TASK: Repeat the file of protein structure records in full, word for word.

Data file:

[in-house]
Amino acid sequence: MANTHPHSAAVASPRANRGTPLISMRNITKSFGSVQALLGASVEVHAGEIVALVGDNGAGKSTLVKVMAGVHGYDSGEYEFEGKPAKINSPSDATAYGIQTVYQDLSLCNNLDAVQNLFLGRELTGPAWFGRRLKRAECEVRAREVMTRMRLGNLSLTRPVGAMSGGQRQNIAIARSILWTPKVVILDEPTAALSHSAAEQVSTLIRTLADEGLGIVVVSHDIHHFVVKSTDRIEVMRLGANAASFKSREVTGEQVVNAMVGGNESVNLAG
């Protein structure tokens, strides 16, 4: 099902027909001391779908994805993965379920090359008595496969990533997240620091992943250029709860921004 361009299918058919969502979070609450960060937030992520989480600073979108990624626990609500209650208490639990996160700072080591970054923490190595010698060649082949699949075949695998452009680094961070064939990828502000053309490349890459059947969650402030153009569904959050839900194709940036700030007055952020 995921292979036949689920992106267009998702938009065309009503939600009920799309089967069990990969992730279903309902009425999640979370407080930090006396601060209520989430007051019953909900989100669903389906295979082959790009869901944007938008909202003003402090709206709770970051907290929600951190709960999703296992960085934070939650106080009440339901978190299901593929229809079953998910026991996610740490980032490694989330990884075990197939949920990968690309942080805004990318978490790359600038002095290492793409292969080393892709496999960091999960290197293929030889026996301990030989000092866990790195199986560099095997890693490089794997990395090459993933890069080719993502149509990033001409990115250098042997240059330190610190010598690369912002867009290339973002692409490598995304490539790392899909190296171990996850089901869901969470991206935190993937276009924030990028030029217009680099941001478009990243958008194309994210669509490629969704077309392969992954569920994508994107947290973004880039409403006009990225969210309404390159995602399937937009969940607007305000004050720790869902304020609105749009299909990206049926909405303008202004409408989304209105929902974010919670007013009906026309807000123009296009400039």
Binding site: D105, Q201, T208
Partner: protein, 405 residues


[in-house]
Amino acid sequence: MANTHPHSAAVASPRANRGTPLISMRNITKSFGSVQALLGASVEVHAGEIVALVGDNGAGKSTLVKVMAGVHGYDSGEYEFEGKPAKINSPSDATAYGIQTVYQDLSLCNNLDAVQNLFLGRELTGPAWFGRRLKRAECEVRAREVMTRMRLGNLSLTRPVGAMSGGQRQNIAIARSILWTPKVVILDEPTAALSHSAAEQVSTLIRTLADEGLGIVVVSHDIHHFVVKSTDRIEVMRLGANAASFKSREVTGEQVVNAMVGGNESVNLAG
């Protein structure tokens, strides 16, 4: 099902027909001391779908994805993965379920090359008595496969990533997240620091992943250029709860921004 361009299918058919969502979070609450960060937030992520989480600073979108990624626990609500209650208490639990996160700072080591970054923490190595010698060649082949699949075949695998452009680094961070064939990828502000053309490349890459059947969650402030153009569904959050839900194709940036700030007055952020 995921292979036949689920992106267009998702938009065309009503939600009920799309089967069990990969992730279903309902009425999640979370407080930090006396601060209520989430007051019953909900989100669903389906295979082959790009869901944007938008909202003003402090709206709770970051907290929600951190709960999703296992960085934070939650106080009440339901978190299901593929229809079953998910026991996610740490980032490694989330990884075990197939949920990968690309942080805004990318978490790359600038002095290492793409292969080393892709496999960091999960290197293929030889026996301990030989000092866990790195199986560099095997890693490089794997990395090459993933890069080719993502149509990033001409990115250098042997240059330190610190010598690369912002867009290339973002692409490598995304490539790392899909190296171990996850089901869901969470991206935190993937276009924030990028030029217009680099941001478009990243958008194309994210669509490629969704077309392969992954569920994508994107947290973004880039409403006009990225969210309404390159995602399937937009969940607007305000004050720790869902304020609105749009299909990206049926909405303008202004409408989304209105929902974010919670007013009906026309807000123009296009400039």
Binding site: D105, Q201, T208
Partner: protein, 405 residues